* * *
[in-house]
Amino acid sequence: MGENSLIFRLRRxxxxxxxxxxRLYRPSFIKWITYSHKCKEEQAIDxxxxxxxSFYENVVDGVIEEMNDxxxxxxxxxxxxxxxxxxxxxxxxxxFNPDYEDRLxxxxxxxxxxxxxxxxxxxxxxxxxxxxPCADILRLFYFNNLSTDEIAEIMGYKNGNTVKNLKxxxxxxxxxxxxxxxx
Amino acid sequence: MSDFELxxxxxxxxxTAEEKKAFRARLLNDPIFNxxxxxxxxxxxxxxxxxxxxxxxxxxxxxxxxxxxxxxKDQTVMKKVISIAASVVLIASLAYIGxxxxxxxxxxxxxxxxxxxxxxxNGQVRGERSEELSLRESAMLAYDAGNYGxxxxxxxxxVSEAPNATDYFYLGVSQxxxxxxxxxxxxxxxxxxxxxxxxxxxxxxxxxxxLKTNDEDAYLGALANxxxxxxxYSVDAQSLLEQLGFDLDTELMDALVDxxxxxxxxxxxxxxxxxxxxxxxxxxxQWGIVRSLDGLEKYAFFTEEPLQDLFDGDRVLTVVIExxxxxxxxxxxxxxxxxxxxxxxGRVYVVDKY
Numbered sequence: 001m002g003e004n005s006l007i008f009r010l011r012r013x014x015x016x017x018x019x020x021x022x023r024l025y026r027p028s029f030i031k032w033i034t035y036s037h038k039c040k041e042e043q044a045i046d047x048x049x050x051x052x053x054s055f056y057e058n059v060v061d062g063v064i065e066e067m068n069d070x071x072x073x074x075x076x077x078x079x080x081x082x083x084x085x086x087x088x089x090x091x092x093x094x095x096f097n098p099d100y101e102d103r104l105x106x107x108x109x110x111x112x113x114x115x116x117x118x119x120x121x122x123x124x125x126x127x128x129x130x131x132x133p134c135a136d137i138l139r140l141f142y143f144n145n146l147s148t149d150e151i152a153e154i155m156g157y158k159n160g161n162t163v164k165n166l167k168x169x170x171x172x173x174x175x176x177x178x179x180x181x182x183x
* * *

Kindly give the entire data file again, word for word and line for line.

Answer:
[in-house]
Amino acid sequence: MGENSLIFRLRRxxxxxxxxxxRLYRPSFIKWITYSHKCKEEQAIDxxxxxxxSFYENVVDGVIEEMNDxxxxxxxxxxxxxxxxxxxxxxxxxxFNPDYEDRLxxxxxxxxxxxxxxxxxxxxxxxxxxxxPCADILRLFYFNNLSTDEIAEIMGYKNGNTVKNLKxxxxxxxxxxxxxxxx
Amino acid sequence: MSDFELxxxxxxxxxTAEEKKAFRARLLNDPIFNxxxxxxxxxxxxxxxxxxxxxxxxxxxxxxxxxxxxxxKDQTVMKKVISIAASVVLIASLAYIGxxxxxxxxxxxxxxxxxxxxxxxNGQVRGERSEELSLRESAMLAYDAGNYGxxxxxxxxxVSEAPNATDYFYLGVSQxxxxxxxxxxxxxxxxxxxxxxxxxxxxxxxxxxxLKTNDEDAYLGALANxxxxxxxYSVDAQSLLEQLGFDLDTELMDALVDxxxxxxxxxxxxxxxxxxxxxxxxxxxQWGIVRSLDGLEKYAFFTEEPLQDLFDGDRVLTVVIExxxxxxxxxxxxxxxxxxxxxxxGRVYVVDKY
Numbered sequence: 001m002g003e004n005s006l007i008f009r010l011r012r013x014x015x016x017x018x019x020x021x022x023r024l025y026r027p028s029f030i031k032w033i034t035y036s037h038k039c040k041e042e043q044a045i046d047x048x049x050x051x052x053x054s055f056y057e058n059v060v061d062g063v064i065e066e067m068n069d070x071x072x073x074x075x076x077x078x079x080x081x082x083x084x085x086x087x088x089x090x091x092x093x094x095x096f097n098p099d100y101e102d103r104l105x106x107x108x109x110x111x112x113x114x115x116x117x118x119x120x121x122x123x124x125x126x127x128x129x130x131x132x133p134c135a136d137i138l139r140l141f142y143f144n145n146l147s148t149d150e151i152a153e154i155m156g157y158k159n160g161n162t163v164k165n166l167k168x169x170x171x172x173x174x175x176x177x178x179x180x181x182x183x